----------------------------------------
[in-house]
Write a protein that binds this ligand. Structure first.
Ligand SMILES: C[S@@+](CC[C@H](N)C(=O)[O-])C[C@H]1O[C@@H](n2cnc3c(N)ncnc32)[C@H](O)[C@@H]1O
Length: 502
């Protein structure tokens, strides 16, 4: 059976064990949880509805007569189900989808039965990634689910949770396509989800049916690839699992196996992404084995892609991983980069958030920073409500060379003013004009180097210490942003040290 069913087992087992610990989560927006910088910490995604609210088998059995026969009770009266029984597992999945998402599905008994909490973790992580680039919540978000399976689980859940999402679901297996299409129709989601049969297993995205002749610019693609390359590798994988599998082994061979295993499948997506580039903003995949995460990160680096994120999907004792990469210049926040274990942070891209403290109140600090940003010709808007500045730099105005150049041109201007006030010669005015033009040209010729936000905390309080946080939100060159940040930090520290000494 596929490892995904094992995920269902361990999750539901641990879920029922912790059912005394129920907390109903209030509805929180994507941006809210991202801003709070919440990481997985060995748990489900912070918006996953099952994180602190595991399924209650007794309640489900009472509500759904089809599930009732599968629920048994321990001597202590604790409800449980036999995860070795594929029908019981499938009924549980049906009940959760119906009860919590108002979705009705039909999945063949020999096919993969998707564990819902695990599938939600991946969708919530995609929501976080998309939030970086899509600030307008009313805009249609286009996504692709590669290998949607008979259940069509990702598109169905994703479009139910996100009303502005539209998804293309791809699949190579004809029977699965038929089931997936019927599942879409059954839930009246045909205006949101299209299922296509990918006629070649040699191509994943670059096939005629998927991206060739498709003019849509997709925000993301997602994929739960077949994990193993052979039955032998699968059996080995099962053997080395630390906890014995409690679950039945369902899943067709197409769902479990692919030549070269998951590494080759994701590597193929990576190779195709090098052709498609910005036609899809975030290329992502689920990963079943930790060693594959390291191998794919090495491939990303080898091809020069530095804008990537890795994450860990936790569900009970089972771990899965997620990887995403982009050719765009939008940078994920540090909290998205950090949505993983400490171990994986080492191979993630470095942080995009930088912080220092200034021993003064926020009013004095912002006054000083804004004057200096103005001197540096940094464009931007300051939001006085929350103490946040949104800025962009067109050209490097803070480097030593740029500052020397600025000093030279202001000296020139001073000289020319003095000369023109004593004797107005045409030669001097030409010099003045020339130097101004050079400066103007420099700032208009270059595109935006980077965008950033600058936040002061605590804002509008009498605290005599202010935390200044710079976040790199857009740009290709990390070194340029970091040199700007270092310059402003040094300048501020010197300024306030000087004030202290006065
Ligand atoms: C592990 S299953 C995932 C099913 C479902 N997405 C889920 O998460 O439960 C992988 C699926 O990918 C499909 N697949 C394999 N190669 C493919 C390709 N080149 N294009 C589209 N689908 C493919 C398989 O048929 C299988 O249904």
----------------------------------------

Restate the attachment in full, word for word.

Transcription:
[in-house]
Write a protein that binds this ligand. Structure first.
Ligand SMILES: C[S@@+](CC[C@H](N)C(=O)[O-])C[C@H]1O[C@@H](n2cnc3c(N)ncnc32)[C@H](O)[C@@H]1O
Length: 502
């Protein structure tokens, strides 16, 4: 059976064990949880509805007569189900989808039965990634689910949770396509989800049916690839699992196996992404084995892609991983980069958030920073409500060379003013004009180097210490942003040290 069913087992087992610990989560927006910088910490995604609210088998059995026969009770009266029984597992999945998402599905008994909490973790992580680039919540978000399976689980859940999402679901297996299409129709989601049969297993995205002749610019693609390359590798994988599998082994061979295993499948997506580039903003995949995460990160680096994120999907004792990469210049926040274990942070891209403290109140600090940003010709808007500045730099105005150049041109201007006030010669005015033009040209010729936000905390309080946080939100060159940040930090520290000494 596929490892995904094992995920269902361990999750539901641990879920029922912790059912005394129920907390109903209030509805929180994507941006809210991202801003709070919440990481997985060995748990489900912070918006996953099952994180602190595991399924209650007794309640489900009472509500759904089809599930009732599968629920048994321990001597202590604790409800449980036999995860070795594929029908019981499938009924549980049906009940959760119906009860919590108002979705009705039909999945063949020999096919993969998707564990819902695990599938939600991946969708919530995609929501976080998309939030970086899509600030307008009313805009249609286009996504692709590669290998949607008979259940069509990702598109169905994703479009139910996100009303502005539209998804293309791809699949190579004809029977699965038929089931997936019927599942879409059954839930009246045909205006949101299209299922296509990918006629070649040699191509994943670059096939005629998927991206060739498709003019849509997709925000993301997602994929739960077949994990193993052979039955032998699968059996080995099962053997080395630390906890014995409690679950039945369902899943067709197409769902479990692919030549070269998951590494080759994701590597193929990576190779195709090098052709498609910005036609899809975030290329992502689920990963079943930790060693594959390291191998794919090495491939990303080898091809020069530095804008990537890795994450860990936790569900009970089972771990899965997620990887995403982009050719765009939008940078994920540090909290998205950090949505993983400490171990994986080492191979993630470095942080995009930088912080220092200034021993003064926020009013004095912002006054000083804004004057200096103005001197540096940094464009931007300051939001006085929350103490946040949104800025962009067109050209490097803070480097030593740029500052020397600025000093030279202001000296020139001073000289020319003095000369023109004593004797107005045409030669001097030409010099003045020339130097101004050079400066103007420099700032208009270059595109935006980077965008950033600058936040002061605590804002509008009498605290005599202010935390200044710079976040790199857009740009290709990390070194340029970091040199700007270092310059402003040094300048501020010197300024306030000087004030202290006065
Ligand atoms: C592990 S299953 C995932 C099913 C479902 N997405 C889920 O998460 O439960 C992988 C699926 O990918 C499909 N697949 C394999 N190669 C493919 C390709 N080149 N294009 C589209 N689908 C493919 C398989 O048929 C299988 O249904």